The prayer is about as specific as one would want a prayer to be. No more “bless him” and “help her.” It does not call names, however, and I’m glad to report is not as harsh as some of the Psalms where David is praying for the children of his enemies to not survive that day.

Here is the prayer, along with a few comments. I send it forth in the hope that some servant of the Lord in the fight of his life may find encouragement to hang tough and be faithful.

Father, what I’m praying for is that….

1) Everything I preach may come from thee. Lead me please regarding subjects, texts, stories, applications, and especially in the delivery.”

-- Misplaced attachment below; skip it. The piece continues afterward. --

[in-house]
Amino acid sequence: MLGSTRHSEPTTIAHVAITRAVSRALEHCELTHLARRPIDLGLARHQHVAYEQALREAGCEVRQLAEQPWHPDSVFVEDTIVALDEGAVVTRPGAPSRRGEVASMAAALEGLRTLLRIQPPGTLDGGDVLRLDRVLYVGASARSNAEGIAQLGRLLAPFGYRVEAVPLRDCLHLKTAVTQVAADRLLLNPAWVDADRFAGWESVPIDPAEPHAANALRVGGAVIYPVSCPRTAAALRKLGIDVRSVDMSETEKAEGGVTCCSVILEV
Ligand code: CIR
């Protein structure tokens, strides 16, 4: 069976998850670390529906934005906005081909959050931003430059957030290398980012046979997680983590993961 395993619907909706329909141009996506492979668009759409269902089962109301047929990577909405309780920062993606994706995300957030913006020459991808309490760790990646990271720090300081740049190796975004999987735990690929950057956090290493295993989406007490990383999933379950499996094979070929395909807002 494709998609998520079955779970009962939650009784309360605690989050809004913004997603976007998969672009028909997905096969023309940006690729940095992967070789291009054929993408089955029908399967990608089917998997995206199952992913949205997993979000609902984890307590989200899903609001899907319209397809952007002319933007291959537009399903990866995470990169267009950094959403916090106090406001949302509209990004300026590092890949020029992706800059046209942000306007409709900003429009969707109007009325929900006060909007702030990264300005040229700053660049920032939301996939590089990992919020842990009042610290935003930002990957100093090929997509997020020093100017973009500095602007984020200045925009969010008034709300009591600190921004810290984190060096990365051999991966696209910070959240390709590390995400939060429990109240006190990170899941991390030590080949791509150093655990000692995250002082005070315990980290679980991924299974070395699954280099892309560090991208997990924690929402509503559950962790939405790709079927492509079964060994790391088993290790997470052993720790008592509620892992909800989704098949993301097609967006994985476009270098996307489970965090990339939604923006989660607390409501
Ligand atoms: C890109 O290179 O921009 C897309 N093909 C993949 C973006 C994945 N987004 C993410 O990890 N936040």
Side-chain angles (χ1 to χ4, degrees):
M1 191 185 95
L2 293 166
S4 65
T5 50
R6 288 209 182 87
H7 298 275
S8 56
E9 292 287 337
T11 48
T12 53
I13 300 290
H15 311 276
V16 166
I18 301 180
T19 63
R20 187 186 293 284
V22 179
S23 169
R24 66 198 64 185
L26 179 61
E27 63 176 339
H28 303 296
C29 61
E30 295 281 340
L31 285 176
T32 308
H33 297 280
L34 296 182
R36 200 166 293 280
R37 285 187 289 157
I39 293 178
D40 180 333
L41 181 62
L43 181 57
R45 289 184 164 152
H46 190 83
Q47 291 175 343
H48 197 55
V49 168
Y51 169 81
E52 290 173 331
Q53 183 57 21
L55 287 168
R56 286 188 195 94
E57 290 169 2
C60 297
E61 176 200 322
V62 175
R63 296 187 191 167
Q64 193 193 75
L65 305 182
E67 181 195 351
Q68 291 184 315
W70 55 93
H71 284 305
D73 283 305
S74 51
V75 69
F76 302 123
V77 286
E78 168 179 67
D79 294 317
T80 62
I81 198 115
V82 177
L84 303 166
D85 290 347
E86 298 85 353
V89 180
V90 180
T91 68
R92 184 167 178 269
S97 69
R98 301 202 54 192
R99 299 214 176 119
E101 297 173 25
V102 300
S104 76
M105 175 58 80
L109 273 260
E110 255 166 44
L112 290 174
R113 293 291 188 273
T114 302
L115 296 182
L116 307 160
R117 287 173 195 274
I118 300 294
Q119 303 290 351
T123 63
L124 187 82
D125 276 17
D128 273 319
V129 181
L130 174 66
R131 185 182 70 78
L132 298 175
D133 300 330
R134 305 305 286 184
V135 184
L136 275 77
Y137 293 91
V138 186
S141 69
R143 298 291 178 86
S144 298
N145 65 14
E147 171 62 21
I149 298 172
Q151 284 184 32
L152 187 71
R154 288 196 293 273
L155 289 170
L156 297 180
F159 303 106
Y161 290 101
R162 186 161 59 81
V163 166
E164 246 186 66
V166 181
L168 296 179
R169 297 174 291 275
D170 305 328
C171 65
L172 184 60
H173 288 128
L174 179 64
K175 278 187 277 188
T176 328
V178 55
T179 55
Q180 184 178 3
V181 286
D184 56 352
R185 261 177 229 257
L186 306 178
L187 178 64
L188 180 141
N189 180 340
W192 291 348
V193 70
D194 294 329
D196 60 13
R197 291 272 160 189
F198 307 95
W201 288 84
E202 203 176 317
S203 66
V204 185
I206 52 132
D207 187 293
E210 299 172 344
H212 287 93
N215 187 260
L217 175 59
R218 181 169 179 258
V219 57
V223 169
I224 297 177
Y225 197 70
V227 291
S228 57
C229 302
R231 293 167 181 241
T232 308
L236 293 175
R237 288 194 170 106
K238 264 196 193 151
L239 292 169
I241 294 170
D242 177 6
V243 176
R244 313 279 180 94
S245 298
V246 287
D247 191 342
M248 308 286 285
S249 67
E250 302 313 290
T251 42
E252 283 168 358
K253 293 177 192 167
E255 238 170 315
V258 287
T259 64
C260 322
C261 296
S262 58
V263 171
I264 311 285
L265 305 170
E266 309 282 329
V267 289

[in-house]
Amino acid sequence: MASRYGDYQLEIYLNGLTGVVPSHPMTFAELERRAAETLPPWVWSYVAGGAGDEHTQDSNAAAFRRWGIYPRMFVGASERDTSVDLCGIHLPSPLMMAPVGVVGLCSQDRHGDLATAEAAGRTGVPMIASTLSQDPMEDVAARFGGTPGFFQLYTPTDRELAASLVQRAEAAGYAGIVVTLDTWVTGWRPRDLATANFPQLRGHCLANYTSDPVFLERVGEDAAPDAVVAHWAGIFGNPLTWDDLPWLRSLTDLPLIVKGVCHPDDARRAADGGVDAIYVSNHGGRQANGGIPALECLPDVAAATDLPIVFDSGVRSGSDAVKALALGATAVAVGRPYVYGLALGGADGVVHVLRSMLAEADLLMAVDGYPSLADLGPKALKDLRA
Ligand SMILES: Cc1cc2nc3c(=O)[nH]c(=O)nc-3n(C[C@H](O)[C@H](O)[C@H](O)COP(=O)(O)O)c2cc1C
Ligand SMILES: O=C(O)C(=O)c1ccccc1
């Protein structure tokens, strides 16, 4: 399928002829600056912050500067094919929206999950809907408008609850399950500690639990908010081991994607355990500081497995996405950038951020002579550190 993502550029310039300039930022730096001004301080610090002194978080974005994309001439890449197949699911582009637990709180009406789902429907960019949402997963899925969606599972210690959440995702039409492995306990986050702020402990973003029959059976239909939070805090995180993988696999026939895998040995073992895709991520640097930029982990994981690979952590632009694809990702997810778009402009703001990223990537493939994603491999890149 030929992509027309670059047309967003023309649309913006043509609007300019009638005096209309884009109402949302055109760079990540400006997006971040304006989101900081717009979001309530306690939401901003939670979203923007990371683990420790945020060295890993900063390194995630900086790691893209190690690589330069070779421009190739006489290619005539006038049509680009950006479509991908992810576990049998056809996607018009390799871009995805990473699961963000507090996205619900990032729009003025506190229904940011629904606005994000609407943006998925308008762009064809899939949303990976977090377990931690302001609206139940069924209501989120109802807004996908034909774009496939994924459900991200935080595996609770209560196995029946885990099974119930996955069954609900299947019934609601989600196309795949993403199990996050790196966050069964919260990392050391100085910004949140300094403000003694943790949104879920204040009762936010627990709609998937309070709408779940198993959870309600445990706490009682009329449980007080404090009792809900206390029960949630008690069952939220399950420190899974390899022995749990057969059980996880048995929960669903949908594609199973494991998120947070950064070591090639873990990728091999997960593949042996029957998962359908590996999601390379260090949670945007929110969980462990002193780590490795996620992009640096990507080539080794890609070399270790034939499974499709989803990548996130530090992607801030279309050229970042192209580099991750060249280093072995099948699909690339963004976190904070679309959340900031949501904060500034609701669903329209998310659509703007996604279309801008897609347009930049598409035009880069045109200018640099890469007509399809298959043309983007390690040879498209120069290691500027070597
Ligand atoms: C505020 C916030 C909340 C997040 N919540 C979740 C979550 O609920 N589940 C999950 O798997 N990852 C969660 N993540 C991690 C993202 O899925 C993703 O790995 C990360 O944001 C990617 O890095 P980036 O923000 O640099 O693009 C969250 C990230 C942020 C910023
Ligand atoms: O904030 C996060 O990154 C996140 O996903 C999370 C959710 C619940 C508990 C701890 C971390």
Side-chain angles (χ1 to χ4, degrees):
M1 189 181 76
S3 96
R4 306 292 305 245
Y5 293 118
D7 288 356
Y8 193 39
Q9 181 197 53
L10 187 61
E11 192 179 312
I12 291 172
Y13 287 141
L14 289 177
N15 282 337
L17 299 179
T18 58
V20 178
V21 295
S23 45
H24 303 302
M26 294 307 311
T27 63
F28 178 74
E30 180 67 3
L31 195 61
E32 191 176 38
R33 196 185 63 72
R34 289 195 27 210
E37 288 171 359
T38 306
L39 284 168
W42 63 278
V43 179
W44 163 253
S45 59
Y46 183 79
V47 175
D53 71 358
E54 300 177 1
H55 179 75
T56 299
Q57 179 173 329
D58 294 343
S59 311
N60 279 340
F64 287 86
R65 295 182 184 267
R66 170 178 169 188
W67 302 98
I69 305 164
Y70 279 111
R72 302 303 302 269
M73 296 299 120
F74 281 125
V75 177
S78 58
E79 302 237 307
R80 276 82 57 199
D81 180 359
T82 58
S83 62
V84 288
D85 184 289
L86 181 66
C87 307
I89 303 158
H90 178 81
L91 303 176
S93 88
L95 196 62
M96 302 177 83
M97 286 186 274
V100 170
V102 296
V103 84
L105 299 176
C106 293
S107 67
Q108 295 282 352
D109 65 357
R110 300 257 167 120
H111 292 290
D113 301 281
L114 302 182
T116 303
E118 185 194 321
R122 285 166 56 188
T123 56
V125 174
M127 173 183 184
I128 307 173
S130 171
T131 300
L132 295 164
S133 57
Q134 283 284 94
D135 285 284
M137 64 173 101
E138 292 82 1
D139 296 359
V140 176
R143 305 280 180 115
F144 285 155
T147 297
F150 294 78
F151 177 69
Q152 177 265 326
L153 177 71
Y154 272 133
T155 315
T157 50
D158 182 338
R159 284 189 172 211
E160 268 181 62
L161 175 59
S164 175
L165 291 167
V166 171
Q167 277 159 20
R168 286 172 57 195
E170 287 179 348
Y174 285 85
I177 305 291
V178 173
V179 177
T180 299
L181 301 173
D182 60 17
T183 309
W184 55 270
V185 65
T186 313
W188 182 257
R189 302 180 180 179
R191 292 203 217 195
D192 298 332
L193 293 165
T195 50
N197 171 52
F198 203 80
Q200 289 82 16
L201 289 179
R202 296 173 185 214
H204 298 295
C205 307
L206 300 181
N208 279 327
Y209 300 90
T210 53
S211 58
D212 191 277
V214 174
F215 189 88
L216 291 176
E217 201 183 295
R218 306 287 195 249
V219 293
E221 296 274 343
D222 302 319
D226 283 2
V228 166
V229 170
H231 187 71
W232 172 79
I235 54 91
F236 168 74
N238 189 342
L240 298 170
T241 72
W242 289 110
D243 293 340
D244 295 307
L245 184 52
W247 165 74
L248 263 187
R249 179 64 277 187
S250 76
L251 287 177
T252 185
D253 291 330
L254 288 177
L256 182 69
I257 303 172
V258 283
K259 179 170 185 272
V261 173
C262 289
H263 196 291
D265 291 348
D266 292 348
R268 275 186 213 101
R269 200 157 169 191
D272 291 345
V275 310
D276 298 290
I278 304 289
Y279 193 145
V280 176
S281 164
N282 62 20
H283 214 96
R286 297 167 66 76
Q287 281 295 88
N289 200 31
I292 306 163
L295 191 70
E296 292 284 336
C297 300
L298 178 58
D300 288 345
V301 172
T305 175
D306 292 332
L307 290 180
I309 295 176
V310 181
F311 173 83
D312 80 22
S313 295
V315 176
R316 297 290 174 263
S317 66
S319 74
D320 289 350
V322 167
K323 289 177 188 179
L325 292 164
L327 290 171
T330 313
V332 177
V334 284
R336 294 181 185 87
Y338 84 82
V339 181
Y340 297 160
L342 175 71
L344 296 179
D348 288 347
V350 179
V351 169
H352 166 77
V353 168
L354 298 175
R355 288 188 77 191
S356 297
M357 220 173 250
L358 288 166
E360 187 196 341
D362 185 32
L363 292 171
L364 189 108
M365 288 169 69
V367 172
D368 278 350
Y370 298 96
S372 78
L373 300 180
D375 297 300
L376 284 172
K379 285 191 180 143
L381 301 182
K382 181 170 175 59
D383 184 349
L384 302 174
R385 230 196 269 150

When people fight a pastor, invariably they attack his sermons. That happened to me at various times over a long ministry. In a sense, the critics are hitting us where we are most vulnerable, because few of us feel that our preaching is all it should be. They will find fault with the subjects you are preaching, the scriptures you use, the stories you tell, the way you say it, everything. And, if you are doing all these things well, they will criticize your neck-tie–or the lack of one.

The remedy is to turn their opposition into motivation to pray harder, study more diligently, and do everything you know in order to deliver the sharpest, most powerful sermons you’re capable of preaching.

2) “Father, may every position I take, every pronouncement I make, be from Thee. May I be silent until the right moment. May it be obvious to those who love you that my words are Thy words.”